What if the user input text is full of words the NN has never seen before? It’s safe to assume that we can directly determine there is no matching and trigger a bot move to the a default fallback state.
Or what if the input text is a perfect literal match to one of the training sentences? Shouldn’t we assume that’s the intent to be returned with maximum confidence?
This type of pragmatic decisions are at the core of Xatkit to make it a really useful chatbot-specific intent matching project.
Show me code!
At the core of the intent classifier we have a Keras / Tensorflow model. But before training the network and using it for prediction we need to make sure we process the training data (the pairs
So, overall, the project structure is the following:
Main.py holds the API definition (thanks to the FastAPI framework). The
dsl package has the internal data structures storing the bot definition. The
dto is a simplified version of the dsl classes to facilitate the API calls. Finally, the
core package includes the configuration options and the core prediction and training functions.
Core Neural Network definition
The layers and parameters are rather standard for a classifier network. Two aspects worth mentioning:
- The number of classes depends on the value of
len(context.intents). We have as many classes as intents are defined in a given bot context.
- We use sigmoid function in the last layer as the intents are not always mutually exclusive so we want to get the probabilities for each of them independently
Preparing the data for the training
Before training the chatbot using the above ML model, we need to prepare the data for training.
Keep in mind that bots are defined as a set of context where for each context we have a number of intents and for each intent a number of training sentences.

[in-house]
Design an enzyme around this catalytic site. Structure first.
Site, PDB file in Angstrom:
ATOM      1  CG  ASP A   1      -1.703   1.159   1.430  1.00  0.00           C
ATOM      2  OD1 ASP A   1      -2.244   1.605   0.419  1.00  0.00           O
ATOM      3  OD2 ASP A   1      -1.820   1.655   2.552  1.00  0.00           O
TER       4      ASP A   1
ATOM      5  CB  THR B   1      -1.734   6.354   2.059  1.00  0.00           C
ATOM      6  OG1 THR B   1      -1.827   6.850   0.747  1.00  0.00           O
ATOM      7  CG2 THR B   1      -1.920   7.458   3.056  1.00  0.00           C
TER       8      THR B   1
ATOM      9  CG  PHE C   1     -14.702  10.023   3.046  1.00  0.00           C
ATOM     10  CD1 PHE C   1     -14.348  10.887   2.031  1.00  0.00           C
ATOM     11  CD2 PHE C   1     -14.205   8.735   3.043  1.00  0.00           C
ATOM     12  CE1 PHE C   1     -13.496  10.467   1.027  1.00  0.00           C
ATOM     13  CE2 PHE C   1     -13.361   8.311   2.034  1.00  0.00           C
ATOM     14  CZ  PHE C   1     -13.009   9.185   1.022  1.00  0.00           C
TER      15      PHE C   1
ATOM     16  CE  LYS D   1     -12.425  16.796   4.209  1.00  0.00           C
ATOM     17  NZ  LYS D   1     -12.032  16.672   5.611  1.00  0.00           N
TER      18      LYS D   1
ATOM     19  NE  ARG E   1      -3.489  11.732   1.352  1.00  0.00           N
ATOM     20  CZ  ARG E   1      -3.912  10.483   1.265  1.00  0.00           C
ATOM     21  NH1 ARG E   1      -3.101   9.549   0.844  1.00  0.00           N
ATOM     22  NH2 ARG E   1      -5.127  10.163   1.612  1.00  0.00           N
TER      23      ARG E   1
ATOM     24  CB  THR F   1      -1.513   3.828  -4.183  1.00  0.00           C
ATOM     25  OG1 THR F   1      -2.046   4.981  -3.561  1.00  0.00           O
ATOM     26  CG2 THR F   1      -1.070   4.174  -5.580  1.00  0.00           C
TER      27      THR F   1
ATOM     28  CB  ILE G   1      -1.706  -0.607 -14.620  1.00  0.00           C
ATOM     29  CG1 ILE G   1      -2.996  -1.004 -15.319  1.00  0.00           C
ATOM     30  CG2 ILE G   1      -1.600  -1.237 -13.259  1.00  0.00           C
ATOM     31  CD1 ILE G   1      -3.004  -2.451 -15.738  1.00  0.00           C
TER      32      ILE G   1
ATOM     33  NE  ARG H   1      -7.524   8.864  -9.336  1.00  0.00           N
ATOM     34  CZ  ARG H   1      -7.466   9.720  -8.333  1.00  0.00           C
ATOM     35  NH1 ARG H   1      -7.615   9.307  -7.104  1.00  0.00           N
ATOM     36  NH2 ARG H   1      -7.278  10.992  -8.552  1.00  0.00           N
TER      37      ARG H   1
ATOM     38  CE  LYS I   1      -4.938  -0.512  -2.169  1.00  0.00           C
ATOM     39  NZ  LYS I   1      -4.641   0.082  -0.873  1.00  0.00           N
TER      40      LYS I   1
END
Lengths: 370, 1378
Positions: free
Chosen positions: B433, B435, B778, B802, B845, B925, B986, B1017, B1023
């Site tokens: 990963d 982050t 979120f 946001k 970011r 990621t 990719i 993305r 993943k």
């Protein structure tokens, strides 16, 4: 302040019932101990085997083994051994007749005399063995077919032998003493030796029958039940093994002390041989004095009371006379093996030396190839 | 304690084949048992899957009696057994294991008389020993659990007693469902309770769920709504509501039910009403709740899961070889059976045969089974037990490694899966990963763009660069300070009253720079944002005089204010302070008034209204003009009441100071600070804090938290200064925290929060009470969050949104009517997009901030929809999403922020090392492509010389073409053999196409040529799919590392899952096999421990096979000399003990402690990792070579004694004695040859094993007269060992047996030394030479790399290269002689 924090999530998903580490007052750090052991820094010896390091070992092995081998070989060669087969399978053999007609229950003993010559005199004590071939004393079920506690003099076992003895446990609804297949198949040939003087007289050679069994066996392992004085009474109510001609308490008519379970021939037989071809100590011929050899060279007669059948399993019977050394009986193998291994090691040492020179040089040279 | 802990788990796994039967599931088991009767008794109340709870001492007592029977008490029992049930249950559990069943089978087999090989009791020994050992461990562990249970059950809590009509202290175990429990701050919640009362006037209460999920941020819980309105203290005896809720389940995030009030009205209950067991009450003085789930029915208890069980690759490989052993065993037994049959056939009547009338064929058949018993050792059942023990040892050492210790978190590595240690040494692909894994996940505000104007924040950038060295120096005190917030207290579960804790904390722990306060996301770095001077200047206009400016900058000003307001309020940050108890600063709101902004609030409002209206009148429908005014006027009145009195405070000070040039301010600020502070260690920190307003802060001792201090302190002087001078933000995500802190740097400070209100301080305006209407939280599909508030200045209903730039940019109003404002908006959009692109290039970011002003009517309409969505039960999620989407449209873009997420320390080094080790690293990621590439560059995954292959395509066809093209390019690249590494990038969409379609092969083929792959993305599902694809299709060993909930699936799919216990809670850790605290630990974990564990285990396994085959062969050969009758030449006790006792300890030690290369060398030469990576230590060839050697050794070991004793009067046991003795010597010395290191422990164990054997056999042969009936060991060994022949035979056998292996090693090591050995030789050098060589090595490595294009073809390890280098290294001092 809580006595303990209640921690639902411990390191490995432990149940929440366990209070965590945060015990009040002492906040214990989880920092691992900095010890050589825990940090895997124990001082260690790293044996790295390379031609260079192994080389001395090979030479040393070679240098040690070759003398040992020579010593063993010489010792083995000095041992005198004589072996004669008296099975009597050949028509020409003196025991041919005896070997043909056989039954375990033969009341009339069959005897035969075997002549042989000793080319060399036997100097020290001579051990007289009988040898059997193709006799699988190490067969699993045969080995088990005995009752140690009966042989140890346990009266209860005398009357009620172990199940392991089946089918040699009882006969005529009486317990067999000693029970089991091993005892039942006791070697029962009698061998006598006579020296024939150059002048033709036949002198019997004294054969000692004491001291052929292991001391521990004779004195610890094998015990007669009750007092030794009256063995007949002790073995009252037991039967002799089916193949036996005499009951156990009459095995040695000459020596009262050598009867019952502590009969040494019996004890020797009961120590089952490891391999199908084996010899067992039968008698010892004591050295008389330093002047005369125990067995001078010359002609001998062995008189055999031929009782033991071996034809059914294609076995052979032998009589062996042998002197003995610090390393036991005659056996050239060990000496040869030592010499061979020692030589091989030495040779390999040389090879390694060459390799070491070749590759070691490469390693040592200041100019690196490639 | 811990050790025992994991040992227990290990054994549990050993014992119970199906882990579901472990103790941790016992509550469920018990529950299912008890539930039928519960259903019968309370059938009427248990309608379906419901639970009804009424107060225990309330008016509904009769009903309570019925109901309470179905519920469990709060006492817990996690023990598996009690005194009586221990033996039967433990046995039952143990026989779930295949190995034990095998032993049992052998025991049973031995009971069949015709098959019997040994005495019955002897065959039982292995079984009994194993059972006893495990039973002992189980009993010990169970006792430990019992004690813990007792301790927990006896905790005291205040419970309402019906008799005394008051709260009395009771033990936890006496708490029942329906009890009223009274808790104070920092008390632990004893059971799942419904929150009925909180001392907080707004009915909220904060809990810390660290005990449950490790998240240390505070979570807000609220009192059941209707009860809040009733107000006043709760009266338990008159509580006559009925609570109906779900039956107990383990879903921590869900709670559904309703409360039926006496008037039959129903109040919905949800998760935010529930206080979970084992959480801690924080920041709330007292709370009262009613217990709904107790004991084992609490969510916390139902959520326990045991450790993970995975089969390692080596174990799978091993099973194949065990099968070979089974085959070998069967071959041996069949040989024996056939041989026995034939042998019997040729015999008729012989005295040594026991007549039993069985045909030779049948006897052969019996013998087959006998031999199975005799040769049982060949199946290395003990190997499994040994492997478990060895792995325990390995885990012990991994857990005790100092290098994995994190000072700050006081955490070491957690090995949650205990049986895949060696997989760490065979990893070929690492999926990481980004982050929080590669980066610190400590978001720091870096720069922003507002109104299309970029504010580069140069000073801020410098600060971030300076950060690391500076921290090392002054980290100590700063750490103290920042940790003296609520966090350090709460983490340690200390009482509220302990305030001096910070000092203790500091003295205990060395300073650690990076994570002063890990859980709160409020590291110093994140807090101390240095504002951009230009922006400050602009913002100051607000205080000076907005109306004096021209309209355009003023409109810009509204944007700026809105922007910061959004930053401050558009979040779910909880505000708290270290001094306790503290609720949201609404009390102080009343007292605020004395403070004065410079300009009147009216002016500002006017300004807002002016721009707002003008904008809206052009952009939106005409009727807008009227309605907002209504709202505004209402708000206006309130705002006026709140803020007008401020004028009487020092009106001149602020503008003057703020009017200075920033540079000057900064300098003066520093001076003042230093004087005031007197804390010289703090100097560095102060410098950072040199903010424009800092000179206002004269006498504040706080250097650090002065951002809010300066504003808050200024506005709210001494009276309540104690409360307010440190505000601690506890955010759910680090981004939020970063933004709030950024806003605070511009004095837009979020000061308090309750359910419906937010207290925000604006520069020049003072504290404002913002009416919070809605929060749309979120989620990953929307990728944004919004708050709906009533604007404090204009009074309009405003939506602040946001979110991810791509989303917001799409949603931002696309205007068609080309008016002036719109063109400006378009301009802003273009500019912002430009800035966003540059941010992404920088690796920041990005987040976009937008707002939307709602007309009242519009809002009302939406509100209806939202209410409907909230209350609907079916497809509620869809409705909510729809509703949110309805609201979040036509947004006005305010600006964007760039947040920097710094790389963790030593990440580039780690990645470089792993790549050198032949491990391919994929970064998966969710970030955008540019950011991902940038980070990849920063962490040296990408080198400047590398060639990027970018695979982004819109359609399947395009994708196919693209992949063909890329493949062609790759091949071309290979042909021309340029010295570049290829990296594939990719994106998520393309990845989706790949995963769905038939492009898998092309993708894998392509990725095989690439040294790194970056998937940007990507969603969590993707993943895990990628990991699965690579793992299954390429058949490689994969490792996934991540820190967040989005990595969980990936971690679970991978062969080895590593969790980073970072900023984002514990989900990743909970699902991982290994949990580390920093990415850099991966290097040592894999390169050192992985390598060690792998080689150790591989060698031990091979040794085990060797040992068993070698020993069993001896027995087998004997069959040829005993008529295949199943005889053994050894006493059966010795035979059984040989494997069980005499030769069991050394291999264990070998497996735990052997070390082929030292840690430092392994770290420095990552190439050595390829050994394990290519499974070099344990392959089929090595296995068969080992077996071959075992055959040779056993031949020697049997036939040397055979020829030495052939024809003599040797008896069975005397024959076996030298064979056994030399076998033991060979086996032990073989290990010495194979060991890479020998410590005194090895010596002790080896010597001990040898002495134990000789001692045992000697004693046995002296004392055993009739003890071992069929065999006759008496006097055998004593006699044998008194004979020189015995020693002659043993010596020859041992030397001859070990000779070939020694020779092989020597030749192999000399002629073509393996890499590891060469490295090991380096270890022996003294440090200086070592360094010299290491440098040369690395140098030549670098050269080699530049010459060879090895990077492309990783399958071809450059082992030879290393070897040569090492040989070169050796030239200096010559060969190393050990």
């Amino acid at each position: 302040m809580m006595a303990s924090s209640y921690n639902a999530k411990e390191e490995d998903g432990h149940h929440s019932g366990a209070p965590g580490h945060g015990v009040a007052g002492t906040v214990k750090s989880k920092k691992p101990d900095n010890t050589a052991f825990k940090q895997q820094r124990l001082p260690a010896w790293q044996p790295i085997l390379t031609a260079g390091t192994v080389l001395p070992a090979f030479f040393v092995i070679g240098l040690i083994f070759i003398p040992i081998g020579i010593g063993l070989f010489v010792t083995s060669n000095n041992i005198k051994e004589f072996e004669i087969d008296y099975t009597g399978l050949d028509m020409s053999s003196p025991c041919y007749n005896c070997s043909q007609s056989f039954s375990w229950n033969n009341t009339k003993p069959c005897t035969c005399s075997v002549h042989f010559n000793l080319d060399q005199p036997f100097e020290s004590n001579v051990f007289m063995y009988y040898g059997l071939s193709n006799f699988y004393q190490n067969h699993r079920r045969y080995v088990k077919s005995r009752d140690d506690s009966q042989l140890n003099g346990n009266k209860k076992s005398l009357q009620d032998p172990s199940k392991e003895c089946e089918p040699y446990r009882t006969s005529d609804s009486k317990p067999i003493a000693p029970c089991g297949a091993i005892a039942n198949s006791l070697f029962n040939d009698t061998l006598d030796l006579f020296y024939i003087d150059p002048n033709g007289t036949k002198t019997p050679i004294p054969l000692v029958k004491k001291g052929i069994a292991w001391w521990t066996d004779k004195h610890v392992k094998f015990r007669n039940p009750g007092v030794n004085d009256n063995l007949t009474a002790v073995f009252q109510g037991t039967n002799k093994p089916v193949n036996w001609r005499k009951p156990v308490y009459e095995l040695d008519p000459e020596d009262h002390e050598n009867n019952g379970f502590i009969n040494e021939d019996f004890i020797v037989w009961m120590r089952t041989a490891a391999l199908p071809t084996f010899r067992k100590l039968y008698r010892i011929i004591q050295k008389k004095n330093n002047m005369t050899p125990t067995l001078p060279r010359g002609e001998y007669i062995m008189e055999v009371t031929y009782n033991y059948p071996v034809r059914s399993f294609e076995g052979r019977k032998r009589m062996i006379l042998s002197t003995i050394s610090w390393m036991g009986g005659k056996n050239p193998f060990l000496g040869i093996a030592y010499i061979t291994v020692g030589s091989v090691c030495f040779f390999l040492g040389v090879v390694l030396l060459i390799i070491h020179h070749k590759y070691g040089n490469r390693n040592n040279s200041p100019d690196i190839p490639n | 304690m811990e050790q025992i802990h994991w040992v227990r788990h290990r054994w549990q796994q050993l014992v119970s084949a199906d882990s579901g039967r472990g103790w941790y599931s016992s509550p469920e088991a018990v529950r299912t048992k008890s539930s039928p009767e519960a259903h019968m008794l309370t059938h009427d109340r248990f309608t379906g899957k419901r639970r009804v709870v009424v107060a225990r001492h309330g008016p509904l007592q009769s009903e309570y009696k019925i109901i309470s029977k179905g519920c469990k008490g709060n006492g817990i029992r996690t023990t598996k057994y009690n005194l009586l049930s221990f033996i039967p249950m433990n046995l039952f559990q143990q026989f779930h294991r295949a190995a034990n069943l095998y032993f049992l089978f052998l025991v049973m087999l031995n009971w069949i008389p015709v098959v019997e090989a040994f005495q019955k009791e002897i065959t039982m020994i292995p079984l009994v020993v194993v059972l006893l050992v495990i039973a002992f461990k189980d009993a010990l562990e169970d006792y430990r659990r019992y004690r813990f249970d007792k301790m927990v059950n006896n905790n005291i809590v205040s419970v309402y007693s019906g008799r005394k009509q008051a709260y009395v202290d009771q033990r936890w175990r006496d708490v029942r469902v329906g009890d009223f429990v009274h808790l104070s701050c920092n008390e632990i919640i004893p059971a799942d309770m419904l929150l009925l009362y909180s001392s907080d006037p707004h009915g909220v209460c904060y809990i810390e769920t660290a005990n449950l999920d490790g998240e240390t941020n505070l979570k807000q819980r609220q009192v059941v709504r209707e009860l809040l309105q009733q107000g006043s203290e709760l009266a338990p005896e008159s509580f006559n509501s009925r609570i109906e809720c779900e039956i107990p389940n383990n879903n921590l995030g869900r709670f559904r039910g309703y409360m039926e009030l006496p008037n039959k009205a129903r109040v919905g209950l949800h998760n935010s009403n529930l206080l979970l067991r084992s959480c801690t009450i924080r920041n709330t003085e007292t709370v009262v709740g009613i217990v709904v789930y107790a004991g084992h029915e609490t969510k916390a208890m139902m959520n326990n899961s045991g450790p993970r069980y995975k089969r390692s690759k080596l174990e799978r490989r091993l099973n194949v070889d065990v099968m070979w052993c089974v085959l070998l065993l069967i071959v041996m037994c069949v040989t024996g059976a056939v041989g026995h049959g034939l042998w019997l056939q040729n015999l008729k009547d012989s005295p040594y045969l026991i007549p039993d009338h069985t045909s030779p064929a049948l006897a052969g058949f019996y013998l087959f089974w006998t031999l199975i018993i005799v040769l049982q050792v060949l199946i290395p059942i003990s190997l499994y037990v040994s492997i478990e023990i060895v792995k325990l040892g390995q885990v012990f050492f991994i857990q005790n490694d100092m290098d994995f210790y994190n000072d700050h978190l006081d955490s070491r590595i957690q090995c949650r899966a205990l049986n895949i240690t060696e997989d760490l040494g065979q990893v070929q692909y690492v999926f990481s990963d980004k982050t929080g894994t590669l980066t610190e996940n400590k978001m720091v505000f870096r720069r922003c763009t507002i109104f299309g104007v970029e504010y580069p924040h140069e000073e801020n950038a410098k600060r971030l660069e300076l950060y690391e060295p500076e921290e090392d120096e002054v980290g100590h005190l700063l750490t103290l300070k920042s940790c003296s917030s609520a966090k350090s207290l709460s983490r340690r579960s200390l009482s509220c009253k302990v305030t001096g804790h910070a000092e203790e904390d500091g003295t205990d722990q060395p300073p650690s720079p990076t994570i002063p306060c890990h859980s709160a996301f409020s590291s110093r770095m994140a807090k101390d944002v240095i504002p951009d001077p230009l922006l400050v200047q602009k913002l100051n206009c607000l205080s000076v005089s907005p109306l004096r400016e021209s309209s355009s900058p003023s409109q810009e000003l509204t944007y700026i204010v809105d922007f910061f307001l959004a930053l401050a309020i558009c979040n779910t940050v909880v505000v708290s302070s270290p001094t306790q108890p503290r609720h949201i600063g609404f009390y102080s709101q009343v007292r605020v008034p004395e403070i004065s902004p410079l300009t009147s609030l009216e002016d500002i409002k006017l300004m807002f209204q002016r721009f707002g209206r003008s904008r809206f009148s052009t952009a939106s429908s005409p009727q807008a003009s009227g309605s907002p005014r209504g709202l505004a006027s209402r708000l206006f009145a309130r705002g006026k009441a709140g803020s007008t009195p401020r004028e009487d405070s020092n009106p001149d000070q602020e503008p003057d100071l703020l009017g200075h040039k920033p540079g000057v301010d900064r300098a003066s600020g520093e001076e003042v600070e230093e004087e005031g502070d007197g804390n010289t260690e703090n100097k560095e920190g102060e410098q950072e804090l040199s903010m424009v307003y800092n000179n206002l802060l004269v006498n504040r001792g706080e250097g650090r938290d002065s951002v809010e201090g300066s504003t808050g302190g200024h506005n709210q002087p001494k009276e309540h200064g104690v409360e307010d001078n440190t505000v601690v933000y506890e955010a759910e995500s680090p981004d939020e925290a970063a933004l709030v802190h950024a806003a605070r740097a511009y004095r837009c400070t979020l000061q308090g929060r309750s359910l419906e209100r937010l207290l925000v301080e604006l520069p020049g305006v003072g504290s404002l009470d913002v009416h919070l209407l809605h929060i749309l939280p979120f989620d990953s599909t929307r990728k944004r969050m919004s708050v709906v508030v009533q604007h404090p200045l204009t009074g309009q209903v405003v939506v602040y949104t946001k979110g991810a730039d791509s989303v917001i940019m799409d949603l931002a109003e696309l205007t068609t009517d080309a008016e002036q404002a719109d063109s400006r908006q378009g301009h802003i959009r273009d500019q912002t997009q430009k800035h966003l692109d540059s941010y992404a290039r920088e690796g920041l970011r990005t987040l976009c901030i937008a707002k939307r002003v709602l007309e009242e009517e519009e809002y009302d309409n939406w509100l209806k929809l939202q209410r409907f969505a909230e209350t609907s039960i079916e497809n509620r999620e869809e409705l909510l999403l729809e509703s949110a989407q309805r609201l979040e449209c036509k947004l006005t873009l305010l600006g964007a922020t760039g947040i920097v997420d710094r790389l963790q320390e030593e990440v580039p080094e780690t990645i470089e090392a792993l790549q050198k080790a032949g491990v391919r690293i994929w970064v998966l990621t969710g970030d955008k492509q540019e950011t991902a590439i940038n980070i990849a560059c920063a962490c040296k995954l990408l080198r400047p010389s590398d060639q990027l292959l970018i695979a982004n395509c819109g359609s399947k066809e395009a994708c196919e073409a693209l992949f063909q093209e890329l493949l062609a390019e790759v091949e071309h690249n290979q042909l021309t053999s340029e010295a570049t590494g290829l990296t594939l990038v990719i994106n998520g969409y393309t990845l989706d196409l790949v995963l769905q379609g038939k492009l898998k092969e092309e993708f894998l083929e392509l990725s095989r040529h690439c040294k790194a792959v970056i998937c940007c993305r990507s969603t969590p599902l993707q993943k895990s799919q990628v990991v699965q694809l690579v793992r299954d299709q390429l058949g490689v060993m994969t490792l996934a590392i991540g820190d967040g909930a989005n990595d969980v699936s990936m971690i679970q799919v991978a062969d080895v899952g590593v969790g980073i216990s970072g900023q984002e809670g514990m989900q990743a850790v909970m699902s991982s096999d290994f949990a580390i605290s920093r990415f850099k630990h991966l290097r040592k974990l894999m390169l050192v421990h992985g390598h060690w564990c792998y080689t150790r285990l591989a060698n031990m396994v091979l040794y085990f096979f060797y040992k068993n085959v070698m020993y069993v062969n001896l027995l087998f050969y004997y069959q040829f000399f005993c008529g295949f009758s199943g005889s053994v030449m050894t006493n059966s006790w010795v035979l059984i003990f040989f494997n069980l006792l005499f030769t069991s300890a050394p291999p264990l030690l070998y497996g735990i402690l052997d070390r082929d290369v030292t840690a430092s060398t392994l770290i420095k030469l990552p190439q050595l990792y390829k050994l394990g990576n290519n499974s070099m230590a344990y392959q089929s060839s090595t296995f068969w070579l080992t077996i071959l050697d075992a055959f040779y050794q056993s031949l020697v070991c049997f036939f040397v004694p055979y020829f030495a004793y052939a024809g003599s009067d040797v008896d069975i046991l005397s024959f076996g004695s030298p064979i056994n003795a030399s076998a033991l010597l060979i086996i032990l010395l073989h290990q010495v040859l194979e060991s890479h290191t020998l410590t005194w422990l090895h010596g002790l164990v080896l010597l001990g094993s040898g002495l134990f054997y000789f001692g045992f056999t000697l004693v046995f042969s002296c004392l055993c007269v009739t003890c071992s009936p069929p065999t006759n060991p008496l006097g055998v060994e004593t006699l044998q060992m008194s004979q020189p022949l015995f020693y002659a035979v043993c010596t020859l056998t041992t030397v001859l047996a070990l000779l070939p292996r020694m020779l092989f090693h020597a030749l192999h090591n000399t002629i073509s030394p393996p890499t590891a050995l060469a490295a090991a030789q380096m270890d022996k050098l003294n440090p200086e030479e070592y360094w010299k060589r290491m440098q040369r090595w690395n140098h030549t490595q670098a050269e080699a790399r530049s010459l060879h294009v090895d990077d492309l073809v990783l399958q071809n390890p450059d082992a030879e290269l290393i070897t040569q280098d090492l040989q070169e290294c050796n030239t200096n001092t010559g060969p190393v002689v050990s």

To get the training started, we take the training sentences and link them with their corresponding intents to create the labeled data for the bot.
Some details on the code listing above:
- We assign a numeric value to each intent and we use that number when populating the
- We use a tokenizer to create a word index for the words in the training sentences by calling
fit_on_texts. This word index is then used (
texts_to_sequencesto transform words into their index value. At this point training sentences are a set of numeric values, which we call
- Padding ensures that all sequences have the same length. This length, as always, is part of the NLP configuration.
- The model is finally trained by calling the
Predicting the best intent matches
Once the ML model has been trained, prediction is straightforward. The only important thing to keep in mind is to process the user utterance with the same process we prepared the training data. Note that we also implement one of the optimizations discussed above to directly return a zero match prediction for sentences where all tokens have never seen before by the model.
Exposing the chatbot intent classifier as a REST API
main.py module is in charge of exposing our FastAPI methods. As an example, this is the method for training a bot. It relies on Pydantic to facilitate the processing of the JSON input and output parameters. Parameter types are the
dto version of the
Adding custom NER to your chatbot engine
Beyond intent matching, you may also need to recognize a certain number of parameters in the input text (e.g. references to people, places, dates,…). See how to do it in our next post in this series.
Ready to give it a try?
Great. Go over to https://github.com/xatkit-bot-platform/xatkit-nlu-server and follow the installation instructions. Even better if you watch/star it to follow our new developments. And even, even better if you decide to contribute to the project in any way, shape or form you can!